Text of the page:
Collier and the libertarians, a conversation

In the midst of my podcast binge (it was a long drive to and from Ottawa) I listened to the libertarian EconTalk interview Paul Collier on his new book, Wars, Guns and Votes.

I have yet to find time to blog my own impressions of the book (which I like) but I highly recommend the podcast for the crib notes. Collier makes a good case (notably, how a facade of democracy has made the world less, not more safe) and host Russ Roberts asks all the right, hard questions.

One of Collier’s more controversial stances is his case for international intervention in the Congos and Zimbabwes of the world. Roberts pushes him hardest on this point. I’m a huge supporter of peacekeeping operations, and even run to the hawkish side when it comes to intervening sooner. But here Collier’s case felt disappointing.

Collier’s basic argument: UN-mandated forces could operate efficiently and effectively, most of all because they are policed by Western powers and their publics. Both Roberts and I are less sanguine.

My concerns are twofold. First, the UN only actively polices and peacekeeps in the political backwaters of no interest to the Security Council Five. Why do we think the ICC has yet to indict outside of central Africa?

Second, Collier argues that joint intervention by advanced democracies will avoid the excesses and exploitation of empire. Here I and Roberts both balk.

Collier’s correct that Western intervention on its worst day couldn’t be nearly so bad as colonialism on its best. But Roberts is worried that criminals and opportunists will still find room to pervert the cause. I agree. I also doubt the basic premise: that Western powers and publics are capable (or even interested in) acting in the public interest.

The dominant school of thought in Western foreign policy (French, American or English) remains realism: the exercise of national power in national self-interest. With a book on international oil politics fresh in my mind, plus one on the perils of even our more limited recent interventions, I lean to the side of caution.

The burden of proof still lies on the side of the liberal interventionists, and (in my mind) that case has yet to be convincingly made.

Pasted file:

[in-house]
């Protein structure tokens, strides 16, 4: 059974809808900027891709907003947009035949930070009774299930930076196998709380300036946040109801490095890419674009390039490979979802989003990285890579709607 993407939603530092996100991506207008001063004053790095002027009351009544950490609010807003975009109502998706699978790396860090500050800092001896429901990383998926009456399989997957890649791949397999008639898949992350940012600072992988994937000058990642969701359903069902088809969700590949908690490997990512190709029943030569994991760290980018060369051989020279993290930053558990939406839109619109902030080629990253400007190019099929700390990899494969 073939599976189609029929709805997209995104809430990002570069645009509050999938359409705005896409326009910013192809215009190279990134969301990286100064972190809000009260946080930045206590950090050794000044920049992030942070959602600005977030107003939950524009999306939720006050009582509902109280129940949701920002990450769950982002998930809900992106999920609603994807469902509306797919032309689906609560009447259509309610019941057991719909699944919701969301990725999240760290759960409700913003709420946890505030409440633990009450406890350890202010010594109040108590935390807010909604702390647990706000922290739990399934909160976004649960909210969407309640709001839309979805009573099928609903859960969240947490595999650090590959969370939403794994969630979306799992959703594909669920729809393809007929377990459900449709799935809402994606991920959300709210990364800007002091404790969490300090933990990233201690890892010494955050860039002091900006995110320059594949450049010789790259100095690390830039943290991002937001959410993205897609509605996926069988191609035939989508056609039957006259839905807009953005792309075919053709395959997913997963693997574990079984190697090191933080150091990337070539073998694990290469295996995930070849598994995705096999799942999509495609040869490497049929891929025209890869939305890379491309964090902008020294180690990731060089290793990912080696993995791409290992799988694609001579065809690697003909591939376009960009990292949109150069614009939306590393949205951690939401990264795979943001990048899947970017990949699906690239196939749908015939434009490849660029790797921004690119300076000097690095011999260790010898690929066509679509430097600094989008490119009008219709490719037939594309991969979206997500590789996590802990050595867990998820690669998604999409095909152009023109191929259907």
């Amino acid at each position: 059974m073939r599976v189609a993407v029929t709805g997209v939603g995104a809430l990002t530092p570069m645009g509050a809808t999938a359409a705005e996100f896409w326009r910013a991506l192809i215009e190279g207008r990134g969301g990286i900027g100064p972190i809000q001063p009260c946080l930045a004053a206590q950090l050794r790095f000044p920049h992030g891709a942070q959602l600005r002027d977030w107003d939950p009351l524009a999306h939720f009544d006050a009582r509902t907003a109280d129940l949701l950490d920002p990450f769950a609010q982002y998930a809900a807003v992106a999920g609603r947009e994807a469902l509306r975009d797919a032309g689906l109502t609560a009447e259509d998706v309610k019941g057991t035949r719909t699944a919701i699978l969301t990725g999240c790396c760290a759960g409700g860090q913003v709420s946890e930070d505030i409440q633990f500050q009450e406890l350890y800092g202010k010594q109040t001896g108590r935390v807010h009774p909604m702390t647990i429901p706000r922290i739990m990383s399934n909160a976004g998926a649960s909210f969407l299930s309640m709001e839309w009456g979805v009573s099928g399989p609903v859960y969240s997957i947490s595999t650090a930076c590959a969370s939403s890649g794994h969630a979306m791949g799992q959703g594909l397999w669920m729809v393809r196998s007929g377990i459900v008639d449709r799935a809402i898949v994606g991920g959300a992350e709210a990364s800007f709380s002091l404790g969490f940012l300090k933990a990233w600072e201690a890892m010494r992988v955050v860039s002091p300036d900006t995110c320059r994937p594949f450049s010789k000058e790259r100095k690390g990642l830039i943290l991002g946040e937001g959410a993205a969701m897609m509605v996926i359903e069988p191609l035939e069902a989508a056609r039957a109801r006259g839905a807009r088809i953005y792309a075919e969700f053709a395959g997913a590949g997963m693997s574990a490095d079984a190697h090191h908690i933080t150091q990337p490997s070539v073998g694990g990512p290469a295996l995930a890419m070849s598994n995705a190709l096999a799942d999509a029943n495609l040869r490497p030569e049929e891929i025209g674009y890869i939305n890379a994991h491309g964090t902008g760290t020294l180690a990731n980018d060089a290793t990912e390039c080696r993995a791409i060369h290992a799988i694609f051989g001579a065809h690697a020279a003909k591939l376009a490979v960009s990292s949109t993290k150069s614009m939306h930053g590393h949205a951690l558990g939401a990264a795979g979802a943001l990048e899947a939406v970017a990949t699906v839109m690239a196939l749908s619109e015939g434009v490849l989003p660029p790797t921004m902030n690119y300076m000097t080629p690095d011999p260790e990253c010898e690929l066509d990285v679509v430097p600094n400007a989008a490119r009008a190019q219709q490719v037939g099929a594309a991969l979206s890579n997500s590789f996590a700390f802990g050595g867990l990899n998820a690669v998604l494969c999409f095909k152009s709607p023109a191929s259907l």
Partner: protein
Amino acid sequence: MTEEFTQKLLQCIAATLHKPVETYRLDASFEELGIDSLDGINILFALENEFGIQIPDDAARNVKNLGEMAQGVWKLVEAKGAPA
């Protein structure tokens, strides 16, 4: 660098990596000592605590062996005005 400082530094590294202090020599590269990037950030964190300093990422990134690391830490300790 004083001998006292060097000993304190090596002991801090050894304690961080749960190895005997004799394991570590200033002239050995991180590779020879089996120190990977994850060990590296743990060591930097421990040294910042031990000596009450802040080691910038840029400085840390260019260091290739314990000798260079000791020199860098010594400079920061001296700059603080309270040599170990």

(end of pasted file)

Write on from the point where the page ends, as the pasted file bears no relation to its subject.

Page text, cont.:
5 thoughts on “Collier and the libertarians, a conversation

  1. “My concerns are twofold. First, the UN only actively polices and peacekeeps in the political backwaters of no interest to the Security Council Five. Why do we think the ICC has yet to indict outside of central Africa?” -Blattman

    What about Bosnia and Kosovo? Both of those were important to the P5.

    It doesn’t follow that because UN peacekeeping in Chechnya and ICC indictments of former Bush Administration officials aren’t going to happen these kinds of interventions are therefore wrong elsewhere.

    Would that international law applied equally to all states in practice, but we do not live in that world yet (knowing many international lawyers, I can assure you such a world is the stuff of their fondest dreams), and getting there will be slow going and require a measure of unfairness.

    So be it. We must all work within reality’s confines while seeking to change them.

  2. I agree those are perfect examples: it was unilateral action, not the UN that was able to make headway. In Bosnia he UN did nothing but talk itself in circles and impose one sided arms embargoes that made the situation worse. In Kosovo NATO, not the UN, imposed a bombing campaign. Russia opposed a hearty peacekeeping force–because it was in their backyard. But Russia’s veto in peacekeeping operations of the UN didn’t preclude NATO from acting unilaterally (call it plurilaterally if you like, but it wasn’t with UN permission). We learned from Bosnia that we can’t wait for the UN, and in Kosovo that bombing won’t work alone, you need peacekeepers on the ground. That makes for a sad story, because the UN is the only credible source of peacekeepers.

  3. “Collier’s correct that Western intervention on its worst day couldn’t be nearly so bad as colonialism on its best.”

    Really? I’m not so sure. The mining, corruption and rape accusations against MONUC troops in the DRC vs some of the more benevolent interventions of colonial administrators is not such an easy comparison.

  4. The intervention in Kosovo may have been by NATO, but the international administration and peacekeeping (broadly defined) were run by UNMIK and the OSCE. True about Bosnia being a UN shitshow, but the UN was still more involved there –period– than in a lot of other places. That was my point.